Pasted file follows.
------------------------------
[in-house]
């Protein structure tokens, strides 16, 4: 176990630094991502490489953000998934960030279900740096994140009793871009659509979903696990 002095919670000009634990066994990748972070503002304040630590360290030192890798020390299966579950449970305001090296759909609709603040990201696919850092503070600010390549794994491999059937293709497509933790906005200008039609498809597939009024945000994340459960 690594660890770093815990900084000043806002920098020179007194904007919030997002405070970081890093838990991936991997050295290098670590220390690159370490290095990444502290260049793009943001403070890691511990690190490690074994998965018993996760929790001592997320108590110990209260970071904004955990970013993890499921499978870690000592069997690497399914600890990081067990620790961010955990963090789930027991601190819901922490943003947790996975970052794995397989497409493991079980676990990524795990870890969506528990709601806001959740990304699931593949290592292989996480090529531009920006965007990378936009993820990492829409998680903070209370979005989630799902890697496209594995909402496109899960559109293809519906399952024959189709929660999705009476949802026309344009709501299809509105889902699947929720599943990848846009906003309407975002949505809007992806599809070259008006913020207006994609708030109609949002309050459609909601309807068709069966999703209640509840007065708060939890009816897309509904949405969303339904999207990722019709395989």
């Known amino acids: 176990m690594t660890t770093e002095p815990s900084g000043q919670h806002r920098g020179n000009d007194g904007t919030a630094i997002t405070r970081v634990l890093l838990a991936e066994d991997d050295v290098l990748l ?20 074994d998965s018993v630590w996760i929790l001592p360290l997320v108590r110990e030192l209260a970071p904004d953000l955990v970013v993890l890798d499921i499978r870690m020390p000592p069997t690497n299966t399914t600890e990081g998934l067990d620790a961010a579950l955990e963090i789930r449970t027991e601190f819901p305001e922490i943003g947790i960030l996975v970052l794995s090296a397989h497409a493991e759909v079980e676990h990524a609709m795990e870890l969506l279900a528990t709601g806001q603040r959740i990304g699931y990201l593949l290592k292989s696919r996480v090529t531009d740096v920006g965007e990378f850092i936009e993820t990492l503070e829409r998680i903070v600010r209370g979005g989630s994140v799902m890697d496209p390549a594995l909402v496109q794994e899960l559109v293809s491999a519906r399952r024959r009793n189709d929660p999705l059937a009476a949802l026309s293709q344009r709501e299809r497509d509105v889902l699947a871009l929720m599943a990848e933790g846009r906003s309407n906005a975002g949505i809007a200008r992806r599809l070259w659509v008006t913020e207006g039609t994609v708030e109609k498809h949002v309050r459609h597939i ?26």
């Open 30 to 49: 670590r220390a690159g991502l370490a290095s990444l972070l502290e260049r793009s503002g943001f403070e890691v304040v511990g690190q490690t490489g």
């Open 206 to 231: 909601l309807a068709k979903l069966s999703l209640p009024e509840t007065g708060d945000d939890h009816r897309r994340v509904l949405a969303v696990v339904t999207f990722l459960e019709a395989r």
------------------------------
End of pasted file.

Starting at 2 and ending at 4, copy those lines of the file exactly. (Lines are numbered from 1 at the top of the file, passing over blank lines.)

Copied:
């Protein structure tokens, strides 16, 4: 176990630094991502490489953000998934960030279900740096994140009793871009659509979903696990 002095919670000009634990066994990748972070503002304040630590360290030192890798020390299966579950449970305001090296759909609709603040990201696919850092503070600010390549794994491999059937293709497509933790906005200008039609498809597939009024945000994340459960 690594660890770093815990900084000043806002920098020179007194904007919030997002405070970081890093838990991936991997050295290098670590220390690159370490290095990444502290260049793009943001403070890691511990690190490690074994998965018993996760929790001592997320108590110990209260970071904004955990970013993890499921499978870690000592069997690497399914600890990081067990620790961010955990963090789930027991601190819901922490943003947790996975970052794995397989497409493991079980676990990524795990870890969506528990709601806001959740990304699931593949290592292989996480090529531009920006965007990378936009993820990492829409998680903070209370979005989630799902890697496209594995909402496109899960559109293809519906399952024959189709929660999705009476949802026309344009709501299809509105889902699947929720599943990848846009906003309407975002949505809007992806599809070259008006913020207006994609708030109609949002309050459609909601309807068709069966999703209640509840007065708060939890009816897309509904949405969303339904999207990722019709395989």
């Known amino acids: 176990m690594t660890t770093e002095p815990s900084g000043q919670h806002r920098g020179n000009d007194g904007t919030a630094i997002t405070r970081v634990l890093l838990a991936e066994d991997d050295v290098l990748l ?20 074994d998965s018993v630590w996760i929790l001592p360290l997320v108590r110990e030192l209260a970071p904004d953000l955990v970013v993890l890798d499921i499978r870690m020390p000592p069997t690497n299966t399914t600890e990081g998934l067990d620790a961010a579950l955990e963090i789930r449970t027991e601190f819901p305001e922490i943003g947790i960030l996975v970052l794995s090296a397989h497409a493991e759909v079980e676990h990524a609709m795990e870890l969506l279900a528990t709601g806001q603040r959740i990304g699931y990201l593949l290592k292989s696919r996480v090529t531009d740096v920006g965007e990378f850092i936009e993820t990492l503070e829409r998680i903070v600010r209370g979005g989630s994140v799902m890697d496209p390549a594995l909402v496109q794994e899960l559109v293809s491999a519906r399952r024959r009793n189709d929660p999705l059937a009476a949802l026309s293709q344009r709501e299809r497509d509105v889902l699947a871009l929720m599943a990848e933790g846009r906003s309407n906005a975002g949505i809007a200008r992806r599809l070259w659509v008006t913020e207006g039609t994609v708030e109609k498809h949002v309050r459609h597939i ?26």
């Open 30 to 49: 670590r220390a690159g991502l370490a290095s990444l972070l502290e260049r793009s503002g943001f403070e890691v304040v511990g690190q490690t490489g």